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Nuclear Weapon Prohibition Treaty



Sirens wail, telephones ring, people are running around in a panic. During a nuclear attack, every second counts. If you’re lucky, you have about 45 seconds to find shelter. Once the missile is launched, its irreversible.
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An attack on a medium-sized city with one of the smallest nuclear bombs would kill about 100,000 people. Hospitals would be over capacity, the Red Cross would be unable to help, emergency services would be shattered.

Those who survived the first blast would likely become ill and could die a slow and painful death from radioactive contamination. Depending on the weather, a large area can remain uninhabitable for years.

The economic impact would be devastating. For decades, survivors, their children and grandchildren would be have health problems and be at risk.

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The risk of such an attack is greater than you might think - and it's getting worse. Tensions between the US and Russia - the two largest arsenals - are growing. The simmering conflict between India and Pakistan is always close to boiling over. All of the nuclear armed countries are expanding the killing capacity of their arsenals.

Even if nuclear weapons are not used, they are still dangerous: the production of nuclear weapons leaves a contaminated legacy for countless generations. Nine countries have nuclear weapons.
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6370 nuclear weapons


290 nuclear weapons

North Korea

25 nuclear weapons


140 nuclear weapons


150 nuclear weapons

United States

5800 nuclear weapons

United Kingdom

215 nuclear weapons


300 nuclear weapons


80 nuclear weapons

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Did you know that there are US nuclear weapons in Belgium, Germany, Italy, Turkey and the Netherlands? Yes, also in the Netherlands...

There are 20 nuclear weapons at the Volkel air base in Noord-Brabant. A squadron of Dutch air force pilots train to drop these bombs from Dutch fighter jets. The bombs will be replaced soon with a new version. The technical changes, like the new guided tail kit, or the variable yield, might make some commanders think they aren't really all that bad. But, even the smallest nuclear bomb is still tremendously more destructive than any conventional weapon. Nuclear weapons are closer and riskier than you might think. 
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Here in the Netherlands, PAX collected signatures from tens of thousands of people who wanted a national law making nuclear bombs illegal.

PAX also provided information leading to the majority of the Dutch parliament's decision to ask the government to remove the American nuclear weapons stationed here. Public opinion polls consistently show that no matter what party, what age, what background - Dutch people don't like nuclear weapons.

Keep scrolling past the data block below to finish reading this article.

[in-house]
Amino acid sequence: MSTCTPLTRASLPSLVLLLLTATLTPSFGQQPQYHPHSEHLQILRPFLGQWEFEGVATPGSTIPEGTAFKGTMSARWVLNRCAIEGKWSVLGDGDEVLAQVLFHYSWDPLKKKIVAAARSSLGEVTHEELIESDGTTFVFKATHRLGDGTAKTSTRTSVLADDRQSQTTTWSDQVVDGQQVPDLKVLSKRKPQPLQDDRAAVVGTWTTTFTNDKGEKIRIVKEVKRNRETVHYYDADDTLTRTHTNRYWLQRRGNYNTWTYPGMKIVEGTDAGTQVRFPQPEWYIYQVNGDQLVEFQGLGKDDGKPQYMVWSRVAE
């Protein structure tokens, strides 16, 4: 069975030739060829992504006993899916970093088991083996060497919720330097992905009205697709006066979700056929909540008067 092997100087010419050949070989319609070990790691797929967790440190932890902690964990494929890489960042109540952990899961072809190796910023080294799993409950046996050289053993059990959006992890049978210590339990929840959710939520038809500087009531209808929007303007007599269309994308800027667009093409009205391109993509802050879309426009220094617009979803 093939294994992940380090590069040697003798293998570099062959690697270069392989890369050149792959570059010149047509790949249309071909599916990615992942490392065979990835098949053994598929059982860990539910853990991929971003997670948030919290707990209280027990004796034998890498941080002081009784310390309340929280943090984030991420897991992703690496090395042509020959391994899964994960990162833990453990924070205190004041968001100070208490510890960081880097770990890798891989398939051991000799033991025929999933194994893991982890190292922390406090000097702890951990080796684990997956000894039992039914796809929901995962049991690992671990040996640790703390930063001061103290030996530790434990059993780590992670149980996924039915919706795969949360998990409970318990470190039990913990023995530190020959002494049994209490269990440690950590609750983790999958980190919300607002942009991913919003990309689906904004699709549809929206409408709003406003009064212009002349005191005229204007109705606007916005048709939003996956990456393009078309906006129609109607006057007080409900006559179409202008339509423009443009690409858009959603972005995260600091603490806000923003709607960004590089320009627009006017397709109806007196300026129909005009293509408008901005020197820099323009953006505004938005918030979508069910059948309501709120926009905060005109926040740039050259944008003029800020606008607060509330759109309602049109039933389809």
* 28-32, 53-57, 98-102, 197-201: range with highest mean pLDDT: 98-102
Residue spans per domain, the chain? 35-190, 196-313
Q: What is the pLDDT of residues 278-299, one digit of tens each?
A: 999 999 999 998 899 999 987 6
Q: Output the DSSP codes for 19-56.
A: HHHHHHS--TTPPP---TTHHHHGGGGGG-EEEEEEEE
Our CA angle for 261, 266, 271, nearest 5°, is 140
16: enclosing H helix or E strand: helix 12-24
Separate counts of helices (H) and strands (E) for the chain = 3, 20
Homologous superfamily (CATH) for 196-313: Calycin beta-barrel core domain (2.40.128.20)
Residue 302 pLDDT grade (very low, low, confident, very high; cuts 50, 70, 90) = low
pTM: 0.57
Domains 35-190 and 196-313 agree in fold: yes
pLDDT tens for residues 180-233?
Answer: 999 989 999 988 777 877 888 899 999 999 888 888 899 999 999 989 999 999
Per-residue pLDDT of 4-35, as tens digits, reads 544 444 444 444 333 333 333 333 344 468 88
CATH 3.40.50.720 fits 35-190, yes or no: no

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And that's just in the Netherlands. Across the globe people are talking about the consequences of nuclear weapons and their governments are committing to get rid them once and for all.

In 2017, a comprehensive treaty banning all nuclear weapons was adopted at the United Nations. Many countries have already signed and ratified the treaty, and it will become international law on 22 January 2021.
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The ban on nuclear weapons is a major step towards a nuclear weapon-free world. The more countries that join the nuclear weapons treaty, the greater the impact. That is why it is important that we call on countries, including the Netherlands, to join the treaty.

With the treaty now in place, lots of banks and pension funds are also banning their investments in nuclear weapons, showing that this is unacceptable for everyone, all the time.
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The nuclear weapons ban treaty came about largely through the efforts of a group of campaigners called ICAN (The International Campaign to Abolish Nuclear Weapons). ICAN received the Nobel Peace Prize in 2017 for its work to remind the world about the catastrophic humanitarian consequences of nuclear weapons and toward creating this treaty.

The Nobel Prize Committee recognized the danger posed by nuclear weapons: "Nuclear weapons are a permanent threat to humanity and life on Earth."
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Winning the award was a huge recognition for ICAN as a whole, but also for PAX. PAX has been a leader in the ICAN campaign, we coordinate the efforts to get the financial sector to end investments in companies that make nuclear weapons, and we've worked hard in the Netherlands for the nuclear weapons ban. Because of our citizen initiative, the Netherlands was the only country with nuclear weapons on its soil that participated in negotiating the nuclear ban treaty.
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And now? What's next? The nuclear weapons treaty is here, but not all countries have signed it. 75 years after nuclear weapons were invented it's time to get every country, including the Netherlands on board.

One way to build that pressure is to get banks and pension funds to stop investing in nuclear weapon producers. PAX is working on this and a lot more, and we need your help! Your voice matters. With your support, we can bring the nuclear weapons ban treaty to life.

Help us get rid of these terrible weapons once and for all. Go to and join!
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